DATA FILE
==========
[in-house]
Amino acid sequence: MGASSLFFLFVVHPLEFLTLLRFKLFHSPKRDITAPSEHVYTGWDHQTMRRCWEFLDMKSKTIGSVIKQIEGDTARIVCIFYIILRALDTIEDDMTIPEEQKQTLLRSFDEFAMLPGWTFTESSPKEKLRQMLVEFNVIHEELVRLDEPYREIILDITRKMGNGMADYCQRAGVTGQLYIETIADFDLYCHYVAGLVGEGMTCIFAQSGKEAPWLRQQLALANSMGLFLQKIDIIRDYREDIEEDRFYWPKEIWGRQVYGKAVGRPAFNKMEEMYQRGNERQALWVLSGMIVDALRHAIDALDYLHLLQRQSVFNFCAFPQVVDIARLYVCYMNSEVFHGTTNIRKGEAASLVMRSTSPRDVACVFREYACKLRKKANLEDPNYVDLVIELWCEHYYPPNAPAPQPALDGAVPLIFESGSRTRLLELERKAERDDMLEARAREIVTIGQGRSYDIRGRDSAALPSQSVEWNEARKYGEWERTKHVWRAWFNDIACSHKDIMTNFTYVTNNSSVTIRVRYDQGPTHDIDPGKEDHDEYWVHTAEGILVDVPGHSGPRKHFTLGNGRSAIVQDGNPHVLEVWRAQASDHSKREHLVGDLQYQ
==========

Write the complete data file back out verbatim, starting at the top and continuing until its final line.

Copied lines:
[in-house]
Amino acid sequence: MGASSLFFLFVVHPLEFLTLLRFKLFHSPKRDITAPSEHVYTGWDHQTMRRCWEFLDMKSKTIGSVIKQIEGDTARIVCIFYIILRALDTIEDDMTIPEEQKQTLLRSFDEFAMLPGWTFTESSPKEKLRQMLVEFNVIHEELVRLDEPYREIILDITRKMGNGMADYCQRAGVTGQLYIETIADFDLYCHYVAGLVGEGMTCIFAQSGKEAPWLRQQLALANSMGLFLQKIDIIRDYREDIEEDRFYWPKEIWGRQVYGKAVGRPAFNKMEEMYQRGNERQALWVLSGMIVDALRHAIDALDYLHLLQRQSVFNFCAFPQVVDIARLYVCYMNSEVFHGTTNIRKGEAASLVMRSTSPRDVACVFREYACKLRKKANLEDPNYVDLVIELWCEHYYPPNAPAPQPALDGAVPLIFESGSRTRLLELERKAERDDMLEARAREIVTIGQGRSYDIRGRDSAALPSQSVEWNEARKYGEWERTKHVWRAWFNDIACSHKDIMTNFTYVTNNSSVTIRVRYDQGPTHDIDPGKEDHDEYWVHTAEGILVDVPGHSGPRKHFTLGNGRSAIVQDGNPHVLEVWRAQASDHSKREHLVGDLQYQ